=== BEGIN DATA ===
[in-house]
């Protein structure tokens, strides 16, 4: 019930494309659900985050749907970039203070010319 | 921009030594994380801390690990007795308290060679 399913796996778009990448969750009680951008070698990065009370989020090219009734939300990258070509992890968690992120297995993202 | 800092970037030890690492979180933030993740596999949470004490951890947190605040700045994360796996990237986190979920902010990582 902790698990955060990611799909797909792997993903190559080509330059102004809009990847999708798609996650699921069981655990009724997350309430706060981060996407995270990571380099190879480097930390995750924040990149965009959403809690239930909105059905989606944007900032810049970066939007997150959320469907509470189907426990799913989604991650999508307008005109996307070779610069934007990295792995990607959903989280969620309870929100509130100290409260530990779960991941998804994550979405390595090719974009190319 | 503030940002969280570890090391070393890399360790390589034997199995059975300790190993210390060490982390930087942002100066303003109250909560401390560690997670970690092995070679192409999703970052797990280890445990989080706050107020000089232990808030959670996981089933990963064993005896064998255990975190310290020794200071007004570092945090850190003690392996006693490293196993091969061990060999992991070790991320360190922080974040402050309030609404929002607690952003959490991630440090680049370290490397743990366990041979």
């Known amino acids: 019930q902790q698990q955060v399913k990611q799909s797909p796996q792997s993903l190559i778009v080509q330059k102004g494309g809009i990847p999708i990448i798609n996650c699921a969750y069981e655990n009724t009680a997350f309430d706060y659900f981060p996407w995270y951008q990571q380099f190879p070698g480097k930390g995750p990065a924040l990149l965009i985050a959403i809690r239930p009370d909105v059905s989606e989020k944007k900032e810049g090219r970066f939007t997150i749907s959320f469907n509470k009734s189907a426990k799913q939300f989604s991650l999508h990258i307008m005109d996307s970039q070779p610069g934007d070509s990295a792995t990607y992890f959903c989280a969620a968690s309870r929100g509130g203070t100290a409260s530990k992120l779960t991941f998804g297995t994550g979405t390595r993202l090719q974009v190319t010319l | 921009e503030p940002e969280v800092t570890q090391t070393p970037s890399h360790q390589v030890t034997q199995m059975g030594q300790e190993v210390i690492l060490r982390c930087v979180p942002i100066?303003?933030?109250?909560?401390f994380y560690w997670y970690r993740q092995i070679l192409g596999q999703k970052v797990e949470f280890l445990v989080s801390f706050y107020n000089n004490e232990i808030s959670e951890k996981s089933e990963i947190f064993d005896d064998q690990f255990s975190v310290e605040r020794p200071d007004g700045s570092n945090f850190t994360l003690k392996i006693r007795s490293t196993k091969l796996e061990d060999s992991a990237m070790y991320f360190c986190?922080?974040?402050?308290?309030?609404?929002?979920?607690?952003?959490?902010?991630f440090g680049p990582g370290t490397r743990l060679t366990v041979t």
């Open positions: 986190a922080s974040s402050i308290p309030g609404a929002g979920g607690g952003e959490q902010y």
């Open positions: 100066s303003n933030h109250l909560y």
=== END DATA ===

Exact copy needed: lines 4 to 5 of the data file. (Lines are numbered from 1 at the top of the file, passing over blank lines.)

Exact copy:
């Open positions: 986190a922080s974040s402050i308290p309030g609404a929002g979920g607690g952003e959490q902010y």
């Open positions: 100066s303003n933030h109250l909560y």